Published On: Mon, Oct 9th, 2023

Jeremy Hunt signals state pension may rise with triple lock in new update | Personal Finance | Finance

Morning Live: Advice on pensions and NI contributions

Chancellor described the state pension as a “priority” in a recent cryptic response at the Conservative Party conference, but it could be his strongest signal yet that it could be retained next year.

Answering a question about the future of the policy and whether he would “consider reviewing” it during a fringe Q&A event in Salford, Mr Hunt said: “I think that we have to be very careful not to break manifesto promises. Sometimes, it does happen.”

He added: “But I think it needs to be a very exceptional circumstance where people can see that there’s a very good reason.”

The Chancellor explained the priority attached to the policy and highlighted how last year’s Autumn Statement of spending cuts could have been “a moment” where the Government decided to “do something” with the triple lock.

He said: “To give you an idea of the priority which I attach to that particular promise, which is very, very important to a large group of people, many of whom are very vulnerable.

UK Conservative Party Conference Day Three

Jeremy Hunt signals state pension may rise with triple lock next April in new update (Image: Getty)

“When I was having to do some very difficult sums in the run-up to the (2022) Autumn statement, you know, cutting spending by £30billion, increasing tax by £25billion, that might have been a moment where we decided we had to do something with the triple lock.

“We decided not to. So I think hopefully that indicates to you the priority with which we give that particular policy.”

The annual uprating will be announced during the Chancellor’s Autumn Statement on November 22, 2023. By honouring the triple lock, the highest percentage out of three different values – wage growth, inflation, or 2.5 percent – is used to determine how much the state pension will increase in a new tax year.

The figure is taken from the rates recorded in September and should it remain, the state pension would increase by the same amount as wage growth in April 2024.

Uprating using the lower wage growth figure which doesn’t include bonuses would see it rise by 7.8 percent, whereas the higher growth figure would see the payment rise by 8.5 percent.

State pension rate explainer

The state pension could rise by 8.5 of 7.8 percent if the triple lock is honoured in April 2024. (Image: EXPRESS)

At present, the full new state pension is worth £203.85 a week, which amounts to £10,600 a year. People would receive £219.75 each week with the 7.8 percent figure, whereas with the 8.5 percent figure, it would be £221.20.

New data highlights the urgency to confirm the triple lock’s reinstatement next year. According to research `by retirement specialists at Just Group, the current rate is still not enough to cover a year of expenses, and that’s without considering continued inflationary pressures.

With nearly three months of the year still to go, Thursday, October 5 marked “State Pension Shortfall Day”. This is the point in 2023 when the average single pensioner would have exhausted the full State Pension (£10,600 in 2023/24) and be reliant on private pension income or other savings to bridge the gap.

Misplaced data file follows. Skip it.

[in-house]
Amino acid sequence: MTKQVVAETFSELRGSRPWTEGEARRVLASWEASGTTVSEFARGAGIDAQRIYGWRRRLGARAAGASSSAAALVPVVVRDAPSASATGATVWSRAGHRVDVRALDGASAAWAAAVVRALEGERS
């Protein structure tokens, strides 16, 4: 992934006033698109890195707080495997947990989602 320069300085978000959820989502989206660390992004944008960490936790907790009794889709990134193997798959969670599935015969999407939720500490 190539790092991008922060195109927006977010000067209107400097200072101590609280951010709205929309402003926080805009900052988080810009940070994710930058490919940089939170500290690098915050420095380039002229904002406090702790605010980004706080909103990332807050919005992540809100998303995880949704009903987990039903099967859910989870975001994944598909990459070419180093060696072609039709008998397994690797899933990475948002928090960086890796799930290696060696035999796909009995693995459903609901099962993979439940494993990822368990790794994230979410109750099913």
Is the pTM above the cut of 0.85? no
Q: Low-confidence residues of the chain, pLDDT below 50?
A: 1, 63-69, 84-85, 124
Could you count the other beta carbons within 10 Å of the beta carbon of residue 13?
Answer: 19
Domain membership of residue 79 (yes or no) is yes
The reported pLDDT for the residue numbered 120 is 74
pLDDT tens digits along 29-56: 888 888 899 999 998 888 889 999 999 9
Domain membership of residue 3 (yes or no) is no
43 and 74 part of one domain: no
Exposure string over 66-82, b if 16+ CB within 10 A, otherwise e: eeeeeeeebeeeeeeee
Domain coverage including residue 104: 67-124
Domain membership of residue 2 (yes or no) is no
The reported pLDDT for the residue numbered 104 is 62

According to the latest ONS figures, the average single pensioner spends £267.30 a week or around £13,900 a year, leaving a shortage of £3,300 a year.

According to Just Group, two-person retired households spend proportionately less per person on average, with many expenses shared but not doubling in price.

Their mean expenditure comes in at £492.60 a week or £25,615 a year. If both retirees have a full state pension providing an annual income of £21,200, it leaves a deficit of £4,415 over the course of the year, putting “shortfall day” on October 29.

Stephen Lowe, group communications director at Just Group, commented: “At a time when the state pension is under the spotlight, State Pension Shortfall Day sets out how the income it provides matches up to the amount the average retiree spends over the course of a year.

“Although the state pension looks set to be boosted by a second significant increase it is unlikely it will provide more than a very basic income. ‘Shortfall day’ is a notional date given state pension payments are spread through the year, but it highlights the need to build up extra pension or other savings to provide that valuable extra income in later life.”

“This year’s data also uncovers the financial disadvantage that single pensioners face as they tackle bills, repairs and everyday costs on one income. It’s a difficult conversation to have but as couples plan for retirement they would do well to remember that one of them is likely to outlive the other and factor this into their financial arrangements.”

Becky O’Connor, director of public affairs at PensionBee stressed the importance of uprating the state pension. She said: “The state pension forms a large proportion of most people’s retirement income – some people have nothing else at all in old age. It’s vital that older people are kept out of poverty and that their incomes rise by enough to continue to meet basic living costs.”

Ms O’Connor added: “While there is a case to review the triple lock and make sure it is working as it should, its purpose – to ensure older people are at least able to eat and heat their homes, must be honoured.”

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